While you give up a small amount of edge contact area you gain the entire middle of the stone as a contact area and that's because the knife now makes contact across the face instead of just the high edges/corners of the stone. This little trick can really make some stone's come alive, sure makes coarse stones cut faster and for naturals it keeps the edges from scratching that perfect finish.

This also serves you when lapping a stone - on a new stone or one that needs a lot of lapping - first round the corners lap and round as needed during the process to keep the corners down/away from the lapping plate to allow the plate to work the stone's face - because these high corners/edges won't allow some stones to be flattened correctly or efficiently.

Just a note on Danny's pictures above, the rounded corner he shows is either a tad too round (meaning maybe it's been rounded more than necessary up onto the stone's face) or the picture is macro showing a huge gap where this isn't necessarily the case. The pictures are a good representation of the difference between chamfering and rounding though.

Zwiefel
07-09-2013, 09:04 PM
Just a note on Danny's pictures above, the rounded corner he shows is either a tad too round (meaning maybe it's been rounded more than necessary) or the picture is macro showing a huge gap where this isn't necessarily the case. The pictures are a good representation of the difference between chamfering and rounding though.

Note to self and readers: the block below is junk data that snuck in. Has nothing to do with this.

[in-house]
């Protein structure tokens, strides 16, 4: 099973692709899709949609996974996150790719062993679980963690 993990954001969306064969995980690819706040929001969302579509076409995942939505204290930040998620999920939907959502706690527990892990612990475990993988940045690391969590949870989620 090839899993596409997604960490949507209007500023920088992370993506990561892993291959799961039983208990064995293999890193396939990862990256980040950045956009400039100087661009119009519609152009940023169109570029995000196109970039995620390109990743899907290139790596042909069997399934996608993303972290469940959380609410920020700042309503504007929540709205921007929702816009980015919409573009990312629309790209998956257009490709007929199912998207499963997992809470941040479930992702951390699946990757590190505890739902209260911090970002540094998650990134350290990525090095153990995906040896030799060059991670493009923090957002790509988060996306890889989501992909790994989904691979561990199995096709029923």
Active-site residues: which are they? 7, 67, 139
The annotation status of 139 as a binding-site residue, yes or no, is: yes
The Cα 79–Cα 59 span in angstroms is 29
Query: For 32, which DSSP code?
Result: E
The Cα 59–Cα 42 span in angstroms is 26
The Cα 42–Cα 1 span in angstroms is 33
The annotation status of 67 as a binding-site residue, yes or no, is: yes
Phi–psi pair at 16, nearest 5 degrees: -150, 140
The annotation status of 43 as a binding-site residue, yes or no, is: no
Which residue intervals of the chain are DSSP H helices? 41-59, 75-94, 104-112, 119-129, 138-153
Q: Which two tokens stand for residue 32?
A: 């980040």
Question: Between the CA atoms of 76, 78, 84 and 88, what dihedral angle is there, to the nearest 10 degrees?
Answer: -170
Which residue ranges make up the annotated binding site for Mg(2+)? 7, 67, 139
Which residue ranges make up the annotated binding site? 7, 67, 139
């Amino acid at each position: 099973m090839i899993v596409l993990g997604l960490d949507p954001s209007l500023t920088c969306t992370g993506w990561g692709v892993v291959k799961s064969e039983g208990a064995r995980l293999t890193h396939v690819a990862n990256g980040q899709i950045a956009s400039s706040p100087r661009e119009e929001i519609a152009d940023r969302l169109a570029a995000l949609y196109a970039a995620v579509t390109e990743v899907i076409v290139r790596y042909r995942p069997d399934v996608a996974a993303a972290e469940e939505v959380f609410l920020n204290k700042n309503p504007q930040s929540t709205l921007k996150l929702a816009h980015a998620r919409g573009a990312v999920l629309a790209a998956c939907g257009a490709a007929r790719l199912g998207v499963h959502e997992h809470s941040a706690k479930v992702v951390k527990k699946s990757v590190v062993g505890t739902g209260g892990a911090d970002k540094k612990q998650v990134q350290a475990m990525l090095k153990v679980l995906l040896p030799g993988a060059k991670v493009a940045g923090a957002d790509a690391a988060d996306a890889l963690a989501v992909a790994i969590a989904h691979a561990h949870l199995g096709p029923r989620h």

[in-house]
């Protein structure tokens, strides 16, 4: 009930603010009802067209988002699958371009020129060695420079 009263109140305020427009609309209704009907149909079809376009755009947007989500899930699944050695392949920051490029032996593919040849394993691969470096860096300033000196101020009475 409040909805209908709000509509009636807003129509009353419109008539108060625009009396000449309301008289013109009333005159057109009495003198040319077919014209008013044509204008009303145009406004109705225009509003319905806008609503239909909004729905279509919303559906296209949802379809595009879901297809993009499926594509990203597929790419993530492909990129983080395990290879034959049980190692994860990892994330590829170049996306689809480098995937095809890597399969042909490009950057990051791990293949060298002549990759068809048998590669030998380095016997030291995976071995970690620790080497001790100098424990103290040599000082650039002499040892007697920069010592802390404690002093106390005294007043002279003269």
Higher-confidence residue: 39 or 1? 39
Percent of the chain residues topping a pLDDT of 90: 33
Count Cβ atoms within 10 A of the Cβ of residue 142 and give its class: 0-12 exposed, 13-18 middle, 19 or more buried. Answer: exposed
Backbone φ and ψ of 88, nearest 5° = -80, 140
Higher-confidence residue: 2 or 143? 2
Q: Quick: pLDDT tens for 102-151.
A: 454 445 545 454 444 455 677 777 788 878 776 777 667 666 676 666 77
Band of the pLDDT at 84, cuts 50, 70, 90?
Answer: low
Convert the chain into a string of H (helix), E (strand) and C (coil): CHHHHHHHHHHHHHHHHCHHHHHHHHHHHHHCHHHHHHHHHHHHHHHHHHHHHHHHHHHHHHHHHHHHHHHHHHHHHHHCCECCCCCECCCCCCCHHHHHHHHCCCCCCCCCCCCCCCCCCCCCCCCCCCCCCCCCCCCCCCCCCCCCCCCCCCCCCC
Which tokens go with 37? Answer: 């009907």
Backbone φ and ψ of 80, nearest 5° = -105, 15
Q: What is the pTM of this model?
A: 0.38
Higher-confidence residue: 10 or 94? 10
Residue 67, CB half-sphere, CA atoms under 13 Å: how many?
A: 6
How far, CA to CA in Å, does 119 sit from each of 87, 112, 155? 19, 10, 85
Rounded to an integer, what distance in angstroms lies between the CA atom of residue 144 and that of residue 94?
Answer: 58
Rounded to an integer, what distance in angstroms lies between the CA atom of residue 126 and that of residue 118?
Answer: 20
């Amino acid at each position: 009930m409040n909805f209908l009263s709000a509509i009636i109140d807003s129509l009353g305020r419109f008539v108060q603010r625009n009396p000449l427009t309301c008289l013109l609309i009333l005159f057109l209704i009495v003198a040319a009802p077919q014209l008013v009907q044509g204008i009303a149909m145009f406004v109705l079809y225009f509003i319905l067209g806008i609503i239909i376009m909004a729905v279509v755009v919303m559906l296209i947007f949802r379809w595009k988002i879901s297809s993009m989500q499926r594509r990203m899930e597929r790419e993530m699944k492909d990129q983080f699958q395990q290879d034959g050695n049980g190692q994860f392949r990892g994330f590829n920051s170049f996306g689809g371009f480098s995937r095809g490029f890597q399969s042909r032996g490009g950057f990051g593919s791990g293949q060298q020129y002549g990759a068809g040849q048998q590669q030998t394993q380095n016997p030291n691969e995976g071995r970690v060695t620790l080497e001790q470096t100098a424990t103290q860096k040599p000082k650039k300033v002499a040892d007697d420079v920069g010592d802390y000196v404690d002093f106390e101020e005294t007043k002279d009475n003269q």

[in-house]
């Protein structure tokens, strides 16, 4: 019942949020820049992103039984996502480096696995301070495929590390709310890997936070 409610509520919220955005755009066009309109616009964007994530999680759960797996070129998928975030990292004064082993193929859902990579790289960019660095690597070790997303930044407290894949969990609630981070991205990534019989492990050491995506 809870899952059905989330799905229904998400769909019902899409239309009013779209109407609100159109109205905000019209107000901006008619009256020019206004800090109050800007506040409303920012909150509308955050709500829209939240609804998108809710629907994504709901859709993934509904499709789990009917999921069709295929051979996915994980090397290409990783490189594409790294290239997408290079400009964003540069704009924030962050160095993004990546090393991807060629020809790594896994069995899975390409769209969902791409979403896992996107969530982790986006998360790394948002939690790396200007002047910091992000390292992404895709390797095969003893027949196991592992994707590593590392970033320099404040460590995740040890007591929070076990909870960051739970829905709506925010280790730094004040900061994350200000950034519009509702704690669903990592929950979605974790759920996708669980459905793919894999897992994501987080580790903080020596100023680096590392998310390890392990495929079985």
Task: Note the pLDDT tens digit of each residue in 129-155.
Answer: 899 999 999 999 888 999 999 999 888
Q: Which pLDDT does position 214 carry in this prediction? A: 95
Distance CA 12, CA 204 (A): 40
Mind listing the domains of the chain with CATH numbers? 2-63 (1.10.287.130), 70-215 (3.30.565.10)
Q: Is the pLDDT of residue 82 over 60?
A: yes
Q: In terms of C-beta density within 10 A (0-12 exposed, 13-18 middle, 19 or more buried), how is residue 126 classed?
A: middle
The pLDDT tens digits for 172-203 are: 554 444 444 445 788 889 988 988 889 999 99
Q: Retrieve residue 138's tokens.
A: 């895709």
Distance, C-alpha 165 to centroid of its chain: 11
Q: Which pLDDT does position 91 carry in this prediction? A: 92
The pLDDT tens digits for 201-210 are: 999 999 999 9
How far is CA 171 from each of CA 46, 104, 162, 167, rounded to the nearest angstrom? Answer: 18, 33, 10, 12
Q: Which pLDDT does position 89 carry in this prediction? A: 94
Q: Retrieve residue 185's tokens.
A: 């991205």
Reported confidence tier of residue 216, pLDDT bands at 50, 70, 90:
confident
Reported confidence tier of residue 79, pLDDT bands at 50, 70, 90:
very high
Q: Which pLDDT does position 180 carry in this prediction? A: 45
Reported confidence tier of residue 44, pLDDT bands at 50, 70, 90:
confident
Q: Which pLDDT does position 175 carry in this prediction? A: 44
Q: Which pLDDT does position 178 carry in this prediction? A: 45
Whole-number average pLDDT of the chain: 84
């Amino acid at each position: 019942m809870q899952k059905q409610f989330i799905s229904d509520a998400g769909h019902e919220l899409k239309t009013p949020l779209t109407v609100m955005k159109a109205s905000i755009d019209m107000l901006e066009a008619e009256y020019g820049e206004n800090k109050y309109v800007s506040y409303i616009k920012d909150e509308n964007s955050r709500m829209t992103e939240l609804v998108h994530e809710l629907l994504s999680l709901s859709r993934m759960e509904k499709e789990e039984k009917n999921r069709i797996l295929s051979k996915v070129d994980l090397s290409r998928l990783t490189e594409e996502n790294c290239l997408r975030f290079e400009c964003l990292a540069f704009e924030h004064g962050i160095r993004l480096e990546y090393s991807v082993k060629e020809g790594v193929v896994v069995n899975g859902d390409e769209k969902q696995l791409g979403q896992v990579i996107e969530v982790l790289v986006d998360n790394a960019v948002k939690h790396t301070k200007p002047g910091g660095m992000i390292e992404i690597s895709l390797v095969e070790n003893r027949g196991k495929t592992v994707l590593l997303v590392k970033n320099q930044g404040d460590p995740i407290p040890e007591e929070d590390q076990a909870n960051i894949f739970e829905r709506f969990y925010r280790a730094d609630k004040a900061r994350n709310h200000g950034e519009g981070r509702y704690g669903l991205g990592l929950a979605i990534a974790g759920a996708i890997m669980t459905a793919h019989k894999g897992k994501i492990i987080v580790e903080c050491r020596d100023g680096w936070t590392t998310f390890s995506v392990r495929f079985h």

Yeah, I was surprised by the photo too....this was one of my stones that was no longer square due to uneven wear...I think that's making this look exaggerated. But it makes the idea pretty clear.

keithsaltydog
07-10-2013, 12:55 AM
Japanese Sword sharpeners use stones high in the middle

Bill13
07-11-2013, 05:02 PM
What was the price point of your single bevel, if you don't mind?

Zwiefel
07-11-2013, 06:28 PM
What was the price point of your single bevel, if you don't mind?

$350 for a lefty kamagata.

Zwiefel
08-17-2013, 05:50 PM
I finally found time around my travel for work to spend a couple of hours taking care of my knives. I sharpened the watanabe SS kuro-uchi 186mm nakiri, Don The Nguyen 240 k-tipped gyuto, and 210mm masamoto VG.

I can definitely see improved results as a consequence of my time with Dave. Yes, I put a better edge on all 3 knives but there was something more significant: I was able to see what I was going right/wrong (well, see MORE), and understand better when I was done with each step. Therefore, I spent much less time on each knife and abraded less steel to get a better result.

Thanks again Dave! It's still paying off :)

Dave Martell
08-17-2013, 11:03 PM
That's so great to hear. Thanks Dan! :)

Lefty
08-18-2013, 06:38 PM
Dan, this is a lot like I felt when I went to visit Randy. He opened his doors, literally fed me for a day, and drank upwards of 10 coffees with me, into the wee hours. It was an amazing experience, and you sound like you had just as great of a time at Dave's. This is such a cool community!

Dave, if I'm ever in the area, I'm crashing your place!

Dave Martell
08-18-2013, 07:50 PM
Dave, if I'm ever in the area, I'm crashing your place!


You're always welcome here Tom! :)